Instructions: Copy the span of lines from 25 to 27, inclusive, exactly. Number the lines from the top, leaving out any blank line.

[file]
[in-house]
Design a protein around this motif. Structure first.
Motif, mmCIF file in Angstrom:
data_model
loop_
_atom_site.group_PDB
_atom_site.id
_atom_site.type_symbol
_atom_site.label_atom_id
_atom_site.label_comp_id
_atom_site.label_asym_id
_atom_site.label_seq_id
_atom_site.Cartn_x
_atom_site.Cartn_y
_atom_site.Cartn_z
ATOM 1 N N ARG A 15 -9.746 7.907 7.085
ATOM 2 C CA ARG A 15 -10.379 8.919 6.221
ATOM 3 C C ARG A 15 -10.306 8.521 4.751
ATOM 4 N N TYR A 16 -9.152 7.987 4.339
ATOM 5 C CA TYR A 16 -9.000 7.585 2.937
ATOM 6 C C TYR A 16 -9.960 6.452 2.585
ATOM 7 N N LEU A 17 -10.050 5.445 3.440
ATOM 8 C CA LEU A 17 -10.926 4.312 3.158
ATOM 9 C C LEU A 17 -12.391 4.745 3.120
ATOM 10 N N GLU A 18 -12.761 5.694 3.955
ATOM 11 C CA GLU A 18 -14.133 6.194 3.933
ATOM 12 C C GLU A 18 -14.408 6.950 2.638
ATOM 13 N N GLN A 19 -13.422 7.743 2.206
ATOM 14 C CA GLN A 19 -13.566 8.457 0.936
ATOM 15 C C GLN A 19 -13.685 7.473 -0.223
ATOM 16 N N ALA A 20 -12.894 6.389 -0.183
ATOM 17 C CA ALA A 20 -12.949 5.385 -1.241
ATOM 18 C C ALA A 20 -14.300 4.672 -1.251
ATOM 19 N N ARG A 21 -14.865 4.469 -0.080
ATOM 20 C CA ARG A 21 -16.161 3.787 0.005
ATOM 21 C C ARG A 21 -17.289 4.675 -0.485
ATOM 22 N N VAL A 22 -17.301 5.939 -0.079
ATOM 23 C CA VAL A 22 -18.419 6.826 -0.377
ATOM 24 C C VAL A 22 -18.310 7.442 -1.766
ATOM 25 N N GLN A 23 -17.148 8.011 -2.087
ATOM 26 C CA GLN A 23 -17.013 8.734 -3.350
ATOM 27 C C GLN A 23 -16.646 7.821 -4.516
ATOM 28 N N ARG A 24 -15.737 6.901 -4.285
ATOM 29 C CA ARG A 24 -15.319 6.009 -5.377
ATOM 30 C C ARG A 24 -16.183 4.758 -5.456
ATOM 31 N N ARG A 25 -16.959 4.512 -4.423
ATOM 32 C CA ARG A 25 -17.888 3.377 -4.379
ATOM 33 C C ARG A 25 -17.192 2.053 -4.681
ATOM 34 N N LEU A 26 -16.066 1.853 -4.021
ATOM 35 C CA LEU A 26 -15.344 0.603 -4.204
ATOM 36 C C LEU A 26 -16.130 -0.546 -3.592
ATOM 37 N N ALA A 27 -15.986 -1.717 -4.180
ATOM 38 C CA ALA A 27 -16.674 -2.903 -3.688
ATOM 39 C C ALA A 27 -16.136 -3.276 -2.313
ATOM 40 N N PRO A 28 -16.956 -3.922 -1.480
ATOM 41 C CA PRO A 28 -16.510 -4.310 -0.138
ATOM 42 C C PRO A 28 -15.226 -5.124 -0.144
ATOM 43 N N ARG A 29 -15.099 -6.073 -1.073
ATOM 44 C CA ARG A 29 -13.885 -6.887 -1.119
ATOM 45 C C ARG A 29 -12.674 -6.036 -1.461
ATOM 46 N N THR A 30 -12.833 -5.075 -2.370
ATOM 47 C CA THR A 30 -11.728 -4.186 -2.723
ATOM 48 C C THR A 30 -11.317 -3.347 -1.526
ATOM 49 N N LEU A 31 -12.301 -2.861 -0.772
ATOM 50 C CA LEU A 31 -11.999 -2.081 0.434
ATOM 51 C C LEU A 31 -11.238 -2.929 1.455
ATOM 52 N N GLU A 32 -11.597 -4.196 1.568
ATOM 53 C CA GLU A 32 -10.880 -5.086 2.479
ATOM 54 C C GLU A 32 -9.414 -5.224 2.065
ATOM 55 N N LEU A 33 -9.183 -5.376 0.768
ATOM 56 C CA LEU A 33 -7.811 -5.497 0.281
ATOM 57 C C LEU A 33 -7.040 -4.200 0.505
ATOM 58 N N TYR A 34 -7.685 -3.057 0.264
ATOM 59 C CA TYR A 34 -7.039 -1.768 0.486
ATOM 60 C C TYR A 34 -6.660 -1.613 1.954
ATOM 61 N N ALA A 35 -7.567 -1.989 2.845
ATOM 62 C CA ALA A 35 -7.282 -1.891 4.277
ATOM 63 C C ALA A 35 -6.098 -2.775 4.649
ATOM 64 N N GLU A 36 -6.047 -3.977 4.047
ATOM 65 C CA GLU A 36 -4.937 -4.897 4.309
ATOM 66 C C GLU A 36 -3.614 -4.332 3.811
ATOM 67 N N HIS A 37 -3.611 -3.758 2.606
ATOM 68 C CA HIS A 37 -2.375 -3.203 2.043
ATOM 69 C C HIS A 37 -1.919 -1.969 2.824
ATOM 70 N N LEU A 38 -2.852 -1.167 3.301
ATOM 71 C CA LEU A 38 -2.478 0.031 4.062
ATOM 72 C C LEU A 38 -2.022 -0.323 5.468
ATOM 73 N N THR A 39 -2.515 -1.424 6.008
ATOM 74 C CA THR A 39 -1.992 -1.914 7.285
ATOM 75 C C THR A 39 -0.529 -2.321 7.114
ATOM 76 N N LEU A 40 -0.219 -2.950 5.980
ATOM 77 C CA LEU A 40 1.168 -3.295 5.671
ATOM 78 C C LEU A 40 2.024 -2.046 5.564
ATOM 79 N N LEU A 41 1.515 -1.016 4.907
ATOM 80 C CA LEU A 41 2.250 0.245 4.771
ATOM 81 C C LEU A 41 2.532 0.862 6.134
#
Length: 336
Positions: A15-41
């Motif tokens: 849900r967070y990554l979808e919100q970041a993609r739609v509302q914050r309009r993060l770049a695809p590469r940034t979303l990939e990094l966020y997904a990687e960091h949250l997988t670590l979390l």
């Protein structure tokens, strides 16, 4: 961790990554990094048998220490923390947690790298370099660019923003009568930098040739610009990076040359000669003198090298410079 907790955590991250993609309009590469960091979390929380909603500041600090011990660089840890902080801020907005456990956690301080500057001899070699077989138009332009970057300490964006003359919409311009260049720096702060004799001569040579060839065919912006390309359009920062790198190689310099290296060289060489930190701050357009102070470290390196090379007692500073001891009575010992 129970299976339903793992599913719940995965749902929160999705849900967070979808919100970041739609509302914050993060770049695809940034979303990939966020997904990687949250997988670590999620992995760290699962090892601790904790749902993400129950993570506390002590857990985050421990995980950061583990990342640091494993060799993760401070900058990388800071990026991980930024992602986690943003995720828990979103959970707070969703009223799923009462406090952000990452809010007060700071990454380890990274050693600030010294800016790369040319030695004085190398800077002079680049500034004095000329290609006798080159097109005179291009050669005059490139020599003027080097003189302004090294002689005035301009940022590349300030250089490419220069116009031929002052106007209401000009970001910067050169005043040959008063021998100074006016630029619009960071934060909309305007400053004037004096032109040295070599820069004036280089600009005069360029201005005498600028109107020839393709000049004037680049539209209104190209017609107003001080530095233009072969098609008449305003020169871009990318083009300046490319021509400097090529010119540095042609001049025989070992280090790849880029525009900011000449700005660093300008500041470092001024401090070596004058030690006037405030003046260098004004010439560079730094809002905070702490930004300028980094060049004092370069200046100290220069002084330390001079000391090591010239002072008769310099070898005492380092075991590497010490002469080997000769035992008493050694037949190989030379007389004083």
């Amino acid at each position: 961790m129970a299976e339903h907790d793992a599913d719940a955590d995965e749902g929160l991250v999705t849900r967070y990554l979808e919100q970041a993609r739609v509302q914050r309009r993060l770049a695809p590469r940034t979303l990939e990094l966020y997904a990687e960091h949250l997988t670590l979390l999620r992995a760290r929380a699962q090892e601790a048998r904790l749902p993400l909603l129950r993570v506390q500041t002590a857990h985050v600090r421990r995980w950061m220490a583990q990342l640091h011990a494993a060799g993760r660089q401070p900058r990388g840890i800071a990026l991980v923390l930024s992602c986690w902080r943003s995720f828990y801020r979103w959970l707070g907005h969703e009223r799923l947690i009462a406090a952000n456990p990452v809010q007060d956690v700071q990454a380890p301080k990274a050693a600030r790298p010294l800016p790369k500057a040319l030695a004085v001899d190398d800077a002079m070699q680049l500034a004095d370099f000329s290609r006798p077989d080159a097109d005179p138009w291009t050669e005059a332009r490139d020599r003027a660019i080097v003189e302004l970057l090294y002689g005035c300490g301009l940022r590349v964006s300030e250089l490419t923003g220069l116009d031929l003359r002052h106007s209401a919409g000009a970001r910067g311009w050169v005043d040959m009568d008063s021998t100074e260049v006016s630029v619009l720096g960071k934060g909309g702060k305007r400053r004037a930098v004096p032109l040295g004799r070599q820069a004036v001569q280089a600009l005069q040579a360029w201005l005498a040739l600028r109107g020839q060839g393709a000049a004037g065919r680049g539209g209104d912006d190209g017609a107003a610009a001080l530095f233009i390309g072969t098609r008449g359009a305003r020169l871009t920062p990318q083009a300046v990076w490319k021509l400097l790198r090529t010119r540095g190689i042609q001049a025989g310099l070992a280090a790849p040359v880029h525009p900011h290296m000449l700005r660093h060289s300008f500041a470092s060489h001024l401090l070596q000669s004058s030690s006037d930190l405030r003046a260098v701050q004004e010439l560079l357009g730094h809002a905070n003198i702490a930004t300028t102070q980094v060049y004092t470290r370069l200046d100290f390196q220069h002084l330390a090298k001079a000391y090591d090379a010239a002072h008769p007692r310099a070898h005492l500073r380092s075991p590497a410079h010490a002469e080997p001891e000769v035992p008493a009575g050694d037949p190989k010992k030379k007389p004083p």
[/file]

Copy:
ATOM 10 N N GLU A 18 -12.761 5.694 3.955
ATOM 11 C CA GLU A 18 -14.133 6.194 3.933
ATOM 12 C C GLU A 18 -14.408 6.950 2.638